The Cold War and resulting arms race between the U.S. and the U.S.S.R led each country to consider some rather crazy ideas through the decades, not least the idea that they could perhaps nuke the Moon. But in his 2017 book The Doomsday Machine: Confessions of a Nuclear War Planner, Daniel Ellsberg tells of a plan that was perhaps even crazier.
In 1960, Ellsberg – in his role as a strategic analyst at the RAND Corporation – was asked by the U.S. Air Force to assess a classified proposal on how to deal with a surprise nuclear attack by the Soviets attempting to take out America’s nuclear arsenal. Titled ‘Project Retro’, the proposal had “already gone through a number of Air Force offices”, with a routing chart showing that it had been seen and acted on by their Research and Development, and Science and Technology departments, among others.
This surprised Ellsberg, as in reading the proposal it became apparent that it was a rather crackpot idea: the scheme proposed, in some detail, that the U.S. should assemble “a huge rectangular array of one thousand first-stage Atlas engines” – the largest rocket propulsion engine available – “to be fastened securely to the earth in a horizontal position”, facing opposite to the direct of the Earth’s rotation.
For what reason, you might be asking?
The officer originating this proposal envisioned that if our Ballistic Missile Early Warning System (BMEWS) radars detected and reported on the huge viewing screens at NORAD a large flight of missile warheads coming across the North Pole from the Soviet Union – aimed at our missile fields in North and South Dakota, Wyoming, Montana, and Missouri – the array of Atlas engines would be fired, as near simultaneously as possible, to ostop the Earth’s rotation momentarily.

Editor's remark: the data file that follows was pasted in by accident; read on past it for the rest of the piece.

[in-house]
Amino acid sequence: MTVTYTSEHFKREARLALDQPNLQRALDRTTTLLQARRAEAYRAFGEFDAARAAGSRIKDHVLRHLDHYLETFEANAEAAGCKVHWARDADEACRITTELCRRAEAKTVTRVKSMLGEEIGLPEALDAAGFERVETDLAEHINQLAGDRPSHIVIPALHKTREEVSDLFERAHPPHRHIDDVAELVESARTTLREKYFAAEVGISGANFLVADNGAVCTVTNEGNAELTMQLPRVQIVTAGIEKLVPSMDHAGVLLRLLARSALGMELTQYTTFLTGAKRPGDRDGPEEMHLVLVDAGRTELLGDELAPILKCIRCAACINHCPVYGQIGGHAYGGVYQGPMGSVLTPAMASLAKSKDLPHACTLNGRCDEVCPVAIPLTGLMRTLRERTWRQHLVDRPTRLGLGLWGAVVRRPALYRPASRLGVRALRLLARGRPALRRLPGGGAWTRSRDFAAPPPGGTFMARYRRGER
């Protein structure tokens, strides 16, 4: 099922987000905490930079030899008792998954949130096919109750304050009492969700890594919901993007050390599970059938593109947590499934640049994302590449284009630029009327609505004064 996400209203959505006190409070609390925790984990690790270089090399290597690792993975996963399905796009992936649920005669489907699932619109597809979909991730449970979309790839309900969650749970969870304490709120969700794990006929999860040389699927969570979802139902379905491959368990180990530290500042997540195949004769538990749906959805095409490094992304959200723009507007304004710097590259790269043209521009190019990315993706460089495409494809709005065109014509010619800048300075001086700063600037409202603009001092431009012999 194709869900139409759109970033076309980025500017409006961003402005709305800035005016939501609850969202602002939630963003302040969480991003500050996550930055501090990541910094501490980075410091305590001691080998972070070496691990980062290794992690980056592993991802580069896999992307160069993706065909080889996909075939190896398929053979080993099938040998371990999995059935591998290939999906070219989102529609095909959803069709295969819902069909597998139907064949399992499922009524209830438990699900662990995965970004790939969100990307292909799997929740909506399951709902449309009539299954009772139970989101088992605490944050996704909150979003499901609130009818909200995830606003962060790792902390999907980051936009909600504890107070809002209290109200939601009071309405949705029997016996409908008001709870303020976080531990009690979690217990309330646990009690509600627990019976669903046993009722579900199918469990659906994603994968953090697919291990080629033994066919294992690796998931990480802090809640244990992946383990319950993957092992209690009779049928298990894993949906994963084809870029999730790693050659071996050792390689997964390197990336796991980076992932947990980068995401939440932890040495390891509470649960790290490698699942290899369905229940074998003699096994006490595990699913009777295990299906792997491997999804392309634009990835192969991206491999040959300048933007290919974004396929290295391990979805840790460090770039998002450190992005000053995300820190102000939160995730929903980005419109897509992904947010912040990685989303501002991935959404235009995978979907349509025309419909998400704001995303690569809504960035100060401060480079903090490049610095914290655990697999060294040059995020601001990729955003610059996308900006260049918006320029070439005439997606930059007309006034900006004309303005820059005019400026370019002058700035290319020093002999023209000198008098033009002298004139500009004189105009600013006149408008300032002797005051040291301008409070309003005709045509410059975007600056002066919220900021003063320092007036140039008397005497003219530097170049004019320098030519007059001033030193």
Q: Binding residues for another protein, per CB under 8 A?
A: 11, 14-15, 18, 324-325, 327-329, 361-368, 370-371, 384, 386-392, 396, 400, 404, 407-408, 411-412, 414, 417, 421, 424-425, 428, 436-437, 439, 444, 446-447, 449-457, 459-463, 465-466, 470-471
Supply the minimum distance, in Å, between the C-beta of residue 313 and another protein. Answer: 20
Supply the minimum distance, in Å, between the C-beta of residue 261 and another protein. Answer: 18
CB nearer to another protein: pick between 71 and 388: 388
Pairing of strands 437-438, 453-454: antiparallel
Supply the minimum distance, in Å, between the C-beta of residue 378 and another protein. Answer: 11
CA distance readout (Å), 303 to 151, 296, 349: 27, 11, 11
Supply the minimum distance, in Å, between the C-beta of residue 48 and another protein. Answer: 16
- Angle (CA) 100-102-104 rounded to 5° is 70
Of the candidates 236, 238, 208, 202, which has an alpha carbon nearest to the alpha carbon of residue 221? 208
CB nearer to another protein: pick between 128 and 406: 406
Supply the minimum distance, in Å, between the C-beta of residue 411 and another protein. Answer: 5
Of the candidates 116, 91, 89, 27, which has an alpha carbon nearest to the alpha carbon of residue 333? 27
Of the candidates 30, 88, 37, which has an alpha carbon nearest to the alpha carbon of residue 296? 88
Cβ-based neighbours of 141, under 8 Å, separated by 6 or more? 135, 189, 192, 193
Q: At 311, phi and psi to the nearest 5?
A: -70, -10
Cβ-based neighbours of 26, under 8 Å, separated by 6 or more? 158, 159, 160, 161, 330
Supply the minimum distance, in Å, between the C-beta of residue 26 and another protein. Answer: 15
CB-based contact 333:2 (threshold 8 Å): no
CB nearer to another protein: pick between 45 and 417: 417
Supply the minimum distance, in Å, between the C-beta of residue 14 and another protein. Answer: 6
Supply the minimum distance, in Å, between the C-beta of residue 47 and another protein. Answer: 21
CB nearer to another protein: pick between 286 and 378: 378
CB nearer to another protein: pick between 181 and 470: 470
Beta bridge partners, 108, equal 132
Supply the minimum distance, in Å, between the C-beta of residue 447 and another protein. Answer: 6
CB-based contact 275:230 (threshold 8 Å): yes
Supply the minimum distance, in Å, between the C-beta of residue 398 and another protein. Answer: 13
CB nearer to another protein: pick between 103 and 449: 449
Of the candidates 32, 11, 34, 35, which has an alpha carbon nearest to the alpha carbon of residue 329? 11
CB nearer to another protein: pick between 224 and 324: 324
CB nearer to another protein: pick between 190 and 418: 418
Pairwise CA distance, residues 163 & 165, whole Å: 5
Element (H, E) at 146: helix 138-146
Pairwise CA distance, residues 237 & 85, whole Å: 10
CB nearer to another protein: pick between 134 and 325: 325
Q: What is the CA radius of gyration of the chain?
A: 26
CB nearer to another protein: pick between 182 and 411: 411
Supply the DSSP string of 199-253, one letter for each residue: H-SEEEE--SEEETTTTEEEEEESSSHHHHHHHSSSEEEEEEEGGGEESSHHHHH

The Soviet missiles, on their inertial path, would thus bypass or overfly their intended targets. Our land-based retaliatory force would be saved, to carry out – presumably, when things had settled down and Earth was again spinning normally – a retaliatory attack against the cities and soft military targets (their missiles having already left their hardened silos) in the Soviet Union.
Ellsberg noted that you didn’t need to be a genius to see some defects with the scheme: everything “that wasn’t nailed down, and most of what was as well, would be gone with the wind, which would itself be flying at super-hurricane force everywhere at once”, while cities on the coasts “would be wiped out by giant tsunamis as the oceans redeployed onto the continents”.
But disregarding the obviously catastrophic effects of stopping the Earth’s rotation momentarily, does the science behind the proposal even stack up? Would 1000 huge rocket engines actually be enough to negate the massive forces involved with the rotation of the entire Earth?
Not according to the calculations done in the video below, which does the maths so you and I don’t have to. Its conclusion: that 1000 rockets would change the distance the Earth rotates by just a few atoms’ width.
Instead, the maths says, the scheme would have required around “a million billion” rocket engines – which would have been a little more difficult for the Air Force to source. What’s more…
If you do the maths, that’s about 2.6 x 1021 kilograms of propellant – or to put it another way, that’s about 500 times the mass of the Earth’s atmosphere.
So even assuming you could build that many engines, once you fired them for the time that was needed to change the Earth’s rotation, you would have put 500 times as much gas into the atmosphere, and this would all be incredibly hot combustion products.
So even if your targets were to survive the nuclear war, everyone would then be incinerated by all the exhaust gases spreading around the planet.
So I guess we can put that proposal in the bin for now…